If You Are Accused of an Honor System Violation
What happens if you are accused of an Honor System violation?
The procedure is pretty straightforward. One member of the Honor System Council will be appointed to serve as Investigator on the case. The Investigator's primary role is simply that: to investigate. S/he will contact both you and the course professor. If there are others with relevant information (such as witnesses), they will be contacted as well. The Investigator is neither "prosecutor" nor "defender" in the case. Rather, her/his task here is simply to gather the relevant facts, as understood by all parties. This investigation is completed in the timeliest manner feasible.
The Investigator's role is also that of a communication channel between the Honor System Council and all parties in the case. S/he will gladly answer any questions you have about procedures.
The Council formally hears the case soon after the conclusion of the investigation. You are asked to be present at the hearing. This is not an adversarial hearing; the intent is for the Council to understand the facts of the case and the intentions of the parties involved. At the hearing, the investigator presents her/his report of findings, including relevant evidence. Both student and professor may clarify or amplify material from this report. Council members may question the investigator or any party present. At the conclusion of the hearing, both professor and student may make closing statements. A tape recording serves as official record of the hearing.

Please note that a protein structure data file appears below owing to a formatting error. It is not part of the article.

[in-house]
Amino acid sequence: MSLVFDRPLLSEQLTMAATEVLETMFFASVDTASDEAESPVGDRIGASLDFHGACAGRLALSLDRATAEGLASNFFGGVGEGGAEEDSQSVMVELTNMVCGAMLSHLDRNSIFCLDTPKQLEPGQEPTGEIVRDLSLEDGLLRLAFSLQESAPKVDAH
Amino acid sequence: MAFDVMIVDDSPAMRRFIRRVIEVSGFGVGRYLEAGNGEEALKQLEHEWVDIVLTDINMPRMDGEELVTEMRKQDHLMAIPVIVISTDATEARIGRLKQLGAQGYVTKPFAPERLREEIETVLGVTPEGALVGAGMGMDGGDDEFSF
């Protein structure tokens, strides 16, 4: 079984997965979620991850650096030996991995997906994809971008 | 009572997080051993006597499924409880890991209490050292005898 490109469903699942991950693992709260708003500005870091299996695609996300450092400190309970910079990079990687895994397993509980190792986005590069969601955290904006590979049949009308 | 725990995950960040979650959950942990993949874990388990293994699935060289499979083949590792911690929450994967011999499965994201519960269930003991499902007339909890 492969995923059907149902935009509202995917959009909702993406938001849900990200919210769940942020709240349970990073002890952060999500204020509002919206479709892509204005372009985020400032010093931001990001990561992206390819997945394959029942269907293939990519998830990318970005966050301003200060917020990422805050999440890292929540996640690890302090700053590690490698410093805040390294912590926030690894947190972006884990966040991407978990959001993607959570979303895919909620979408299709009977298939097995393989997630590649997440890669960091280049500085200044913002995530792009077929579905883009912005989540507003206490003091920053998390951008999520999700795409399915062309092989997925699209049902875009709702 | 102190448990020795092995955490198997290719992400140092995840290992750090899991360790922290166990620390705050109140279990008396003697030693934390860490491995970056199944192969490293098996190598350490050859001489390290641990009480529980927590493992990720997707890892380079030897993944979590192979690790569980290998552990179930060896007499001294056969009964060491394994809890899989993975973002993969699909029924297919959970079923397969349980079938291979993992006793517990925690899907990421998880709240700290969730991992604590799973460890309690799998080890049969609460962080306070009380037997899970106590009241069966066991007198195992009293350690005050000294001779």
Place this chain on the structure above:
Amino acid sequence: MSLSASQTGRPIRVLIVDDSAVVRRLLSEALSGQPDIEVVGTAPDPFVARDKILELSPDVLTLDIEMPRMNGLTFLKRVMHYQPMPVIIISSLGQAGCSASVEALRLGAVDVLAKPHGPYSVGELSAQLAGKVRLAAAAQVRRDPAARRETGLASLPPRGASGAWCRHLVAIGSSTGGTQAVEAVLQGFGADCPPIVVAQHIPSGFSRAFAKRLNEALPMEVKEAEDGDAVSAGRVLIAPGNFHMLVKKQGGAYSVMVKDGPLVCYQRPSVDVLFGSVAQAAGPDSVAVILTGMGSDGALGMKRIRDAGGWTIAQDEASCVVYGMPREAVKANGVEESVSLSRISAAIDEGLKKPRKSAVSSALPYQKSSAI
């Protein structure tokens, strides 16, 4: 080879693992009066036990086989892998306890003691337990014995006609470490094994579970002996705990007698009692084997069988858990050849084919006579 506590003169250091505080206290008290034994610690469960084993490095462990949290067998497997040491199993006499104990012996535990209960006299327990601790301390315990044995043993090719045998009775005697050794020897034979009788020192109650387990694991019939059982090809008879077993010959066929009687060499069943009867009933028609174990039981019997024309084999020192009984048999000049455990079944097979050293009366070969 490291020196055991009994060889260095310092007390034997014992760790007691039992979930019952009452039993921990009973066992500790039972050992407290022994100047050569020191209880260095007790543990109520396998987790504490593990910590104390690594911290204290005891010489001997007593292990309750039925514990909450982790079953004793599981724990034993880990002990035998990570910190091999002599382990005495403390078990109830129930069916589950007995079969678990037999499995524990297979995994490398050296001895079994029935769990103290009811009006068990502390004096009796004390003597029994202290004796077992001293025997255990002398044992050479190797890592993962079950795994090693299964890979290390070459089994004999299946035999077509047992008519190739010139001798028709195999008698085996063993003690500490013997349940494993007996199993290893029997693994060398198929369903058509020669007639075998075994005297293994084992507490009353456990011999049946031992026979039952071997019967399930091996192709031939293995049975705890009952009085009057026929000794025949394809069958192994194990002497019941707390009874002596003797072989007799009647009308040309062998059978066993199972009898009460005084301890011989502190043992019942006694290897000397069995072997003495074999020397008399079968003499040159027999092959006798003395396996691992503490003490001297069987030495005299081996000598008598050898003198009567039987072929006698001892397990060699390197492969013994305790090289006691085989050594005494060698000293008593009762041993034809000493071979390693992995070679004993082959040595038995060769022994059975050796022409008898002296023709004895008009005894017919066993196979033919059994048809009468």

Note that the Honor System Council panel hearing the case is comprised entirely of students. You are appearing before your peers. A faculty member (from the Honor System Advisory Committee) will attend the hearing as an observer, but will not actively participate in proceedings.
At the conclusion of testimony, the Council deliberates privately. The investigator does not participate in this deliberation. The Council first decides whether a violation of the Honor System has occurred. (Not all students appearing before the Honor System Council are found in violation of the System.) If so, the Council makes recommendations for academic and possible nonacademic sanctions against the violating student. These recommendations are forwarded to the appropriate academic dean for review and approval before being formally promulgated to the student and faculty member. The Council's recommendations for academic penalties are advisory; faculty still retain control over grading. (Many, however, follow Honor System Council recommendations.)
Throughout the process the Council aims for an expeditious and fair hearing that respects the rights of all parties, and which fosters a sense of restorative rather than punitive justice.